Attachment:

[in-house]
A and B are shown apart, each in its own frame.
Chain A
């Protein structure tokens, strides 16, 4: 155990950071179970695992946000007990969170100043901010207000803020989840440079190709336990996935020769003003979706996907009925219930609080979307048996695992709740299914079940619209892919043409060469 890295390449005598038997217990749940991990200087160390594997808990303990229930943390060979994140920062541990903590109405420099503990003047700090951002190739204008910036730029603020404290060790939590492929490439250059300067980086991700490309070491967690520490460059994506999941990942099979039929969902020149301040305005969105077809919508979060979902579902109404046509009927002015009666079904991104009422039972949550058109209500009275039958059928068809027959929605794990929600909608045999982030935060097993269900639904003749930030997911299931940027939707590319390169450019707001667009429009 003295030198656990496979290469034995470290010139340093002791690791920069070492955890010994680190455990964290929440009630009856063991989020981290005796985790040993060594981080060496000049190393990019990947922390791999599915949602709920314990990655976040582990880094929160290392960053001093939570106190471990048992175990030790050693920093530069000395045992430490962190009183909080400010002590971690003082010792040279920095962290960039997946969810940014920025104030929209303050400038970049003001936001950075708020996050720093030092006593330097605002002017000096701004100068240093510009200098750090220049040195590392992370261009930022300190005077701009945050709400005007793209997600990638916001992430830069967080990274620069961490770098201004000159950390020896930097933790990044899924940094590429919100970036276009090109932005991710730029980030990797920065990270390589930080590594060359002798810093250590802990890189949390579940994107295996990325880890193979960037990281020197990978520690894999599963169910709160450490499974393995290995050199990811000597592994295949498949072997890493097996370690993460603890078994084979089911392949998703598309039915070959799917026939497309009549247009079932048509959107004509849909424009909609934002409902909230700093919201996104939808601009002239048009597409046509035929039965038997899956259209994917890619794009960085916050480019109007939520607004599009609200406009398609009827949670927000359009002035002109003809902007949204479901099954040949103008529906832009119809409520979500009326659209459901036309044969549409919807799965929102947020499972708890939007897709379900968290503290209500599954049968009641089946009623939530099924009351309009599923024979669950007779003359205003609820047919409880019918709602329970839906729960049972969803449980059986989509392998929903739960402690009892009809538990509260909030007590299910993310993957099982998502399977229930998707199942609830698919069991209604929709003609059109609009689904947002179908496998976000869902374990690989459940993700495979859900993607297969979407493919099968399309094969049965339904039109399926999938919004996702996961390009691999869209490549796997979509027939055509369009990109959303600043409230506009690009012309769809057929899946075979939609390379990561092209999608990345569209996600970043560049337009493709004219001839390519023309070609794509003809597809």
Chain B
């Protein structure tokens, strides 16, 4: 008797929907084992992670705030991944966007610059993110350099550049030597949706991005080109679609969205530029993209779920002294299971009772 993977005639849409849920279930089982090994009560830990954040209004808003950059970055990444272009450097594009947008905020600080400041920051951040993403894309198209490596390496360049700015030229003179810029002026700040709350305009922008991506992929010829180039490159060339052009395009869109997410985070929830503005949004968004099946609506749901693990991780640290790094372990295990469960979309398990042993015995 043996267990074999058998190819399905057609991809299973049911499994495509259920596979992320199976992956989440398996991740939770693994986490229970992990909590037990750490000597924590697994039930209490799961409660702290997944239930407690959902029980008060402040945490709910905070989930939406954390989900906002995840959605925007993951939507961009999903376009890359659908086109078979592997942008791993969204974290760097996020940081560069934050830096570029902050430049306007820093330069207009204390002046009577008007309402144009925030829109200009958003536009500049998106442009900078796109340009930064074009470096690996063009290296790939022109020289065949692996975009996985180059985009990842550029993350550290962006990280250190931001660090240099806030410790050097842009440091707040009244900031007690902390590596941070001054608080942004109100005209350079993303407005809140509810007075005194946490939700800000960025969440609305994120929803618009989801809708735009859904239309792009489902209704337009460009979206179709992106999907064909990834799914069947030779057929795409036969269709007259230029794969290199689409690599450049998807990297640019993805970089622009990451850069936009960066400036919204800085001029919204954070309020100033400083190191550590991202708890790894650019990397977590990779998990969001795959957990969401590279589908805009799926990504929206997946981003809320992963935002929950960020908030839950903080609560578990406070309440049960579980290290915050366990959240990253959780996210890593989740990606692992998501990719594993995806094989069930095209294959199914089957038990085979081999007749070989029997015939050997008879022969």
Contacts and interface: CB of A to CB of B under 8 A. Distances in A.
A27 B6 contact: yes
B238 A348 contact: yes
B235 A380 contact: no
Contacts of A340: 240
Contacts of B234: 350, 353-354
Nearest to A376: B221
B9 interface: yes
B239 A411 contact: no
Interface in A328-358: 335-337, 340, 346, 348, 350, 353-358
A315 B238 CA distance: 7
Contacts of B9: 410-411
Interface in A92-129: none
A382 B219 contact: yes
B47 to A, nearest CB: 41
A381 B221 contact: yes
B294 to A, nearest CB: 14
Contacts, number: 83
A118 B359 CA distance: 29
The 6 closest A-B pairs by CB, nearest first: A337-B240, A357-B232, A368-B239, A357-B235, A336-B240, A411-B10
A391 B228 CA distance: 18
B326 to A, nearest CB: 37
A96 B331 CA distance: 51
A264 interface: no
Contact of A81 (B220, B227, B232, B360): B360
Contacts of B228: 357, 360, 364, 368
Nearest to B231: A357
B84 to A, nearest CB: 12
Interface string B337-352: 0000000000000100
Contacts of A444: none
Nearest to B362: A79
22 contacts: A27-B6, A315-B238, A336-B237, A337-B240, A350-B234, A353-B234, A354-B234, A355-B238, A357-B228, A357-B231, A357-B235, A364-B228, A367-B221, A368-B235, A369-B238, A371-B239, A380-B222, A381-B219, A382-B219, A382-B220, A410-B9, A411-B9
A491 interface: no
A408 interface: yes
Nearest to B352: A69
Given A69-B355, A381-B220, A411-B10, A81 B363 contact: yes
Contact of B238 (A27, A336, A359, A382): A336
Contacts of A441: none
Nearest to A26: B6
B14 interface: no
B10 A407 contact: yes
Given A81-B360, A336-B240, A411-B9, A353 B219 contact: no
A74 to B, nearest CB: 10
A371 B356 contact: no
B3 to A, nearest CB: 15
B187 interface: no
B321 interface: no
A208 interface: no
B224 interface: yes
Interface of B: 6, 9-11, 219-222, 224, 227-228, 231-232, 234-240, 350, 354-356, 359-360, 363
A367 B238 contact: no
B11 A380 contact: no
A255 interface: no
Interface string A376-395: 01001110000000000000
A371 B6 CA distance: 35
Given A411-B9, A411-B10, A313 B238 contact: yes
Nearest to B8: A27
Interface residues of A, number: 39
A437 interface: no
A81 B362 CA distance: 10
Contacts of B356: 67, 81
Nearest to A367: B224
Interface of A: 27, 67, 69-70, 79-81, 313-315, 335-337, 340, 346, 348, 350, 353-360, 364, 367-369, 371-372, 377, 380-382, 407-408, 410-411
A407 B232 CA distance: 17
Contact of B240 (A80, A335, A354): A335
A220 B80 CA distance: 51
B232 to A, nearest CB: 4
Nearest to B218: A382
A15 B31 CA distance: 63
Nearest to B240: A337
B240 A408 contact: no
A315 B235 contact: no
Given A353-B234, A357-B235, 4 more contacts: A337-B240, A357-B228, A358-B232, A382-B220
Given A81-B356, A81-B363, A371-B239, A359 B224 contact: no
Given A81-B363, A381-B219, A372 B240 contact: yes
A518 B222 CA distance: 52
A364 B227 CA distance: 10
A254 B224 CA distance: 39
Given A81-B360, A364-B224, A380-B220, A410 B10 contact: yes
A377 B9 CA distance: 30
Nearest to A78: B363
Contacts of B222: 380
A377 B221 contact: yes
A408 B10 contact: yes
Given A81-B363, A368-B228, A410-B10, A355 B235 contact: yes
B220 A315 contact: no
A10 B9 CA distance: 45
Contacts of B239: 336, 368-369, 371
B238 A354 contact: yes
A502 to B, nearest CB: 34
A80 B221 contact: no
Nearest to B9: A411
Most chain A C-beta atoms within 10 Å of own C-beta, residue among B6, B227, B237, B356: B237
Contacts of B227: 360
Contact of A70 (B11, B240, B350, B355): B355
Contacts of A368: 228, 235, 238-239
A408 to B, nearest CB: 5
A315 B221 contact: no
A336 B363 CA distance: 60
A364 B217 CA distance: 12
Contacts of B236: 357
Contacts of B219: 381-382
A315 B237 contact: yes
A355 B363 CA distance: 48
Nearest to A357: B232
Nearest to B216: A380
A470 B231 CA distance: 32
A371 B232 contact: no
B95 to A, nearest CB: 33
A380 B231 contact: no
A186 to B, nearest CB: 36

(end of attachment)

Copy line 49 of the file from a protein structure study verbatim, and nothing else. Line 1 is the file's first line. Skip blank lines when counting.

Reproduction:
A74 to B, nearest CB: 10